Intra-aortic balloon pump (IABP) for heart failure

An intra-aortic balloon pump (IABP) is a mechanical device that is inserted into the aorta, the body's largest artery. It is a long, thin tube called a catheter with a balloon on the end of it. If you are hospitalized in the intensive care unit, your doctor may insert an IABP. Your doctor will numb an area of your leg and thread the IABP through the femoral artery in your leg into your aorta. He or she then positions the IABP at the center of your aorta, below your heart.

The doctor will use an X-ray machine during this procedure to help accurately position the IABP.

How does it work?

The IABP reduces the workload on your heart, thereby allowing your heart to pump more blood. After the IABP is placed inside your aorta, the balloon on the end of the catheter inflates and deflates with the same rhythm as your heart. The IABP improves the function of only your left ventricle, since this is the chamber that pumps blood into your aorta. The IABP functions in the following way:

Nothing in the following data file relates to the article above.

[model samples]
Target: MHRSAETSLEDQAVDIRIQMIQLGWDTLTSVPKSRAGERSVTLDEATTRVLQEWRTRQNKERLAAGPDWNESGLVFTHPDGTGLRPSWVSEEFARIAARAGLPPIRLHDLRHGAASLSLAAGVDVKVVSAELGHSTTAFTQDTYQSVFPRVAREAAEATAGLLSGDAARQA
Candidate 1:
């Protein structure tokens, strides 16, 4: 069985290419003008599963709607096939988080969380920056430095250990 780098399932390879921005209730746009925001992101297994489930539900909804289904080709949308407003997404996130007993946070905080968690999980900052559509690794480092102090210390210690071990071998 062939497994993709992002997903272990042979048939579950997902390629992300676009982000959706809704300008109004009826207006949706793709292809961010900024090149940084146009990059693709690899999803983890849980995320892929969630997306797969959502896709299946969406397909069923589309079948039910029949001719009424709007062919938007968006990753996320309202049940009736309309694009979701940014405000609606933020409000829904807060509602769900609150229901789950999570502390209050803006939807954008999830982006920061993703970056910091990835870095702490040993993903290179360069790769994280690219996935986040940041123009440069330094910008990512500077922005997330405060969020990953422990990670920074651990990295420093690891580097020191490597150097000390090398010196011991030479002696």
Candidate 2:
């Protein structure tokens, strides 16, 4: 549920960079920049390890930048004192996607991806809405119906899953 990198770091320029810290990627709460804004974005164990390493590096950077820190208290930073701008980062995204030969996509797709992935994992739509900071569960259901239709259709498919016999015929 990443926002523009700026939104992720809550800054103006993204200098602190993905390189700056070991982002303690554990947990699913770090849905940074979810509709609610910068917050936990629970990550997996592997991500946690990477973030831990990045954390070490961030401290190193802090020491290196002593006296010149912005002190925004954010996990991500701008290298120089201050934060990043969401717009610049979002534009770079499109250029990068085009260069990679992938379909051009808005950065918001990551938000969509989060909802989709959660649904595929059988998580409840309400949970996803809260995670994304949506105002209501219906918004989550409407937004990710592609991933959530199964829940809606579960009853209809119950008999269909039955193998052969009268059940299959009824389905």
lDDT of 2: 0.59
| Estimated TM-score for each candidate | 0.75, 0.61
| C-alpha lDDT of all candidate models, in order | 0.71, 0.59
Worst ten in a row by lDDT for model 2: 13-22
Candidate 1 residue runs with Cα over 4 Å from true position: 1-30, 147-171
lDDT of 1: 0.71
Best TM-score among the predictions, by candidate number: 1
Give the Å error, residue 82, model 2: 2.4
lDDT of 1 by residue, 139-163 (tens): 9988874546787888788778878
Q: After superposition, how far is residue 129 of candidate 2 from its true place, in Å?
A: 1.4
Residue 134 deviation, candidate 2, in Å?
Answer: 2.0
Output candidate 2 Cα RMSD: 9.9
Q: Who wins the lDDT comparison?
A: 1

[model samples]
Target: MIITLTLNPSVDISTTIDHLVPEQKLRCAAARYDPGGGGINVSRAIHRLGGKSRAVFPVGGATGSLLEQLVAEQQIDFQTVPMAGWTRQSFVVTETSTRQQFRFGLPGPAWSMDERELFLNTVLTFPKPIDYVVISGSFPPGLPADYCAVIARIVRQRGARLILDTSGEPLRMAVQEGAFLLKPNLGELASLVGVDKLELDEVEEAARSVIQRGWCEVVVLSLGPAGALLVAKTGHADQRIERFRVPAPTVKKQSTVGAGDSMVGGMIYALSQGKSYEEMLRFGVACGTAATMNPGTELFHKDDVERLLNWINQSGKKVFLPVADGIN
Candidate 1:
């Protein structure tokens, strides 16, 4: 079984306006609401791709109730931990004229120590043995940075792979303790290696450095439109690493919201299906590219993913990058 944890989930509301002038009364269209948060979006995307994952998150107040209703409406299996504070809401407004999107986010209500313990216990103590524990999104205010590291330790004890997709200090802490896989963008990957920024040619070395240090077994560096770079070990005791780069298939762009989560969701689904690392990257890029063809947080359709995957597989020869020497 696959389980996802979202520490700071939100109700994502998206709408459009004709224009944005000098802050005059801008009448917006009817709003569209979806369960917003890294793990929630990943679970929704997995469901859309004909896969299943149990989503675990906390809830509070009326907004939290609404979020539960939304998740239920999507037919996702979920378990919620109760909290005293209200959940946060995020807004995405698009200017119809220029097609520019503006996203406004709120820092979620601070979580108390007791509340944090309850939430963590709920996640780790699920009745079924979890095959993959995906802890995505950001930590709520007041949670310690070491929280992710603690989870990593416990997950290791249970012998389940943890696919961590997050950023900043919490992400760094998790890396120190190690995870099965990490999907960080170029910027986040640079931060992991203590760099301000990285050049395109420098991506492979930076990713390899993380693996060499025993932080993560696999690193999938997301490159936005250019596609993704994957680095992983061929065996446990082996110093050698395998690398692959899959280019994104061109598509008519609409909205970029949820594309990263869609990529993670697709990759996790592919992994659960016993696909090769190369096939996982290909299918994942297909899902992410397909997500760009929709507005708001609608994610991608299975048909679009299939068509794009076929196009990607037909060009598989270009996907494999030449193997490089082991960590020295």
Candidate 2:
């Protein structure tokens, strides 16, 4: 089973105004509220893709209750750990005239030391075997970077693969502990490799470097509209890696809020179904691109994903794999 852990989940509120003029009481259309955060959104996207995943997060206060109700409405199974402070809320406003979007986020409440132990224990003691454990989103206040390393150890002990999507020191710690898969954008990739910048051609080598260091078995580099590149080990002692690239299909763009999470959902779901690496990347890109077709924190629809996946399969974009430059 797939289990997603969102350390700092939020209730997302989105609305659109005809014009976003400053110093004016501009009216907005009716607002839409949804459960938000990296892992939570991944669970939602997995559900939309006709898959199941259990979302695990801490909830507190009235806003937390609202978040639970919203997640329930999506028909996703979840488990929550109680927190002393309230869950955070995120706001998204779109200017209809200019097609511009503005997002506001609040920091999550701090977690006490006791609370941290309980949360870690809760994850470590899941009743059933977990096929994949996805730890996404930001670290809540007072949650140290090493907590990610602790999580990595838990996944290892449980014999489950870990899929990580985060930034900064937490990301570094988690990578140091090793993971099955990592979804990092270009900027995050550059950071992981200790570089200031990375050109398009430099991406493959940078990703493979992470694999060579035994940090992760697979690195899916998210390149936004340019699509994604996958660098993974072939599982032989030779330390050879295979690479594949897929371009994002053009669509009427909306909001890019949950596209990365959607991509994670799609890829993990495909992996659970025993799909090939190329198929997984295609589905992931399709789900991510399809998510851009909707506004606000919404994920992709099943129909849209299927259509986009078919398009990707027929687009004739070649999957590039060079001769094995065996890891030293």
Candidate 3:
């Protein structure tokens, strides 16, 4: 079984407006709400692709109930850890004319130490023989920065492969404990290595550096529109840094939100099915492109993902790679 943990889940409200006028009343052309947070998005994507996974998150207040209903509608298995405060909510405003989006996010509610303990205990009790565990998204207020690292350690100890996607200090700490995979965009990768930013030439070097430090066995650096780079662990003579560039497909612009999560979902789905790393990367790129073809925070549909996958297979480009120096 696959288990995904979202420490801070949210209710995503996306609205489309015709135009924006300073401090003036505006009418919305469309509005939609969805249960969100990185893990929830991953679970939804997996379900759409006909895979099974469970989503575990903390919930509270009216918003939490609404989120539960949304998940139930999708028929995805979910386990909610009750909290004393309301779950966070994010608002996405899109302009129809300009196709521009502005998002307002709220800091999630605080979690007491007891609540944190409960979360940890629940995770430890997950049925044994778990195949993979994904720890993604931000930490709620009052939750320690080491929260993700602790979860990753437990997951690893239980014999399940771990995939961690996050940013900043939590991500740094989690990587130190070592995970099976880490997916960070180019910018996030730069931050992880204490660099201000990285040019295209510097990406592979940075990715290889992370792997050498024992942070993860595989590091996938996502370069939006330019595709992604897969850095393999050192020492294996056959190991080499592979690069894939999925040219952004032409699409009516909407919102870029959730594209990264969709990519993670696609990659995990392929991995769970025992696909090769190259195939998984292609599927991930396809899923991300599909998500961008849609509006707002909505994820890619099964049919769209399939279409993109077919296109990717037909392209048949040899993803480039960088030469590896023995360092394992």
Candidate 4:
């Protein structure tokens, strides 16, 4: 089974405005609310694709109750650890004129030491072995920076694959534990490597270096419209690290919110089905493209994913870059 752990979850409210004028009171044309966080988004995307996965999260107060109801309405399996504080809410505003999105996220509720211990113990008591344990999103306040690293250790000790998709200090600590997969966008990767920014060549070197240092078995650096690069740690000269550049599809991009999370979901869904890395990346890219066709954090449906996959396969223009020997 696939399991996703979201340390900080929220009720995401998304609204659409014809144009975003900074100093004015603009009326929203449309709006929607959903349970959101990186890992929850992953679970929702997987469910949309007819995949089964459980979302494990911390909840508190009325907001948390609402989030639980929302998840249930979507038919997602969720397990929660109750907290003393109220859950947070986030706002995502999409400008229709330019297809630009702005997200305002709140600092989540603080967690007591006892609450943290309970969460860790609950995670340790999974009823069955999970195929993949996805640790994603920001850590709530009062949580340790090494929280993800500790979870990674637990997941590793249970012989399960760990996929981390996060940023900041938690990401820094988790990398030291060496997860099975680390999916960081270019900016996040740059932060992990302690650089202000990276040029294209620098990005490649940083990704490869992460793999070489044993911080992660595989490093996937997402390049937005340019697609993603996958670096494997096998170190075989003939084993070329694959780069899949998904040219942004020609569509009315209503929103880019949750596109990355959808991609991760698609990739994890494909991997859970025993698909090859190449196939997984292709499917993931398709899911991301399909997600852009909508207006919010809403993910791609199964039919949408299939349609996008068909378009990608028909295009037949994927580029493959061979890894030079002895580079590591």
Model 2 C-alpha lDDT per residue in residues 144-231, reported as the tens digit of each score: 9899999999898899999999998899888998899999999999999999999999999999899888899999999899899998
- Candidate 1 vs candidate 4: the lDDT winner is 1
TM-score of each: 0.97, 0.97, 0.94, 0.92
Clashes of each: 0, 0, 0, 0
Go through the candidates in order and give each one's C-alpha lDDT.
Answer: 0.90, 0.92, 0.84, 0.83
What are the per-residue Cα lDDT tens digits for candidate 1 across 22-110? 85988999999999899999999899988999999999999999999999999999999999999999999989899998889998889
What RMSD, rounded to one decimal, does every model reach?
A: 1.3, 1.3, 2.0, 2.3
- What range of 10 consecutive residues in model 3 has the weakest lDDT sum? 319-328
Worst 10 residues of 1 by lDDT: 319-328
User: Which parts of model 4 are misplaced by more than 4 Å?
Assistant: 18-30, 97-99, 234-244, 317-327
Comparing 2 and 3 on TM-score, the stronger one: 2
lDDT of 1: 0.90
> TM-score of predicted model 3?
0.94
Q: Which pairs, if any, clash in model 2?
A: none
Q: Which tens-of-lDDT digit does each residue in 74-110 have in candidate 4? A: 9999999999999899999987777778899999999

1. After your left ventricle has finished contracting, the balloon inflates. This inflation helps increase blood flow to the heart and the rest of the body.

2. As your left ventricle is about to pump out blood, the balloon deflates. This deflation creates extra space in the aorta, allowing the heart to pump out more blood. This decreases the workload on the heart.

IABPs offer people many benefits. Blood flow to your body improves. Blood that has backed up into the lungs is also able to flow out.

What are the drawbacks?

  • IABPs cause some side effects. An IABP can cause an infection in your bloodstream if it is used for too long. The balloon may overinflate and tear your aorta.
  • IABP treatment is also inconvenient. You must lie extremely still in your hospital bed if you have one of these devices in place. An IABP is only used for a short period of time (hours to days) until a longer-term solution, such as bypass surgery or insertion of a left ventricular assist device (LVAD), is possible.

Last Updated: August 25, 2008

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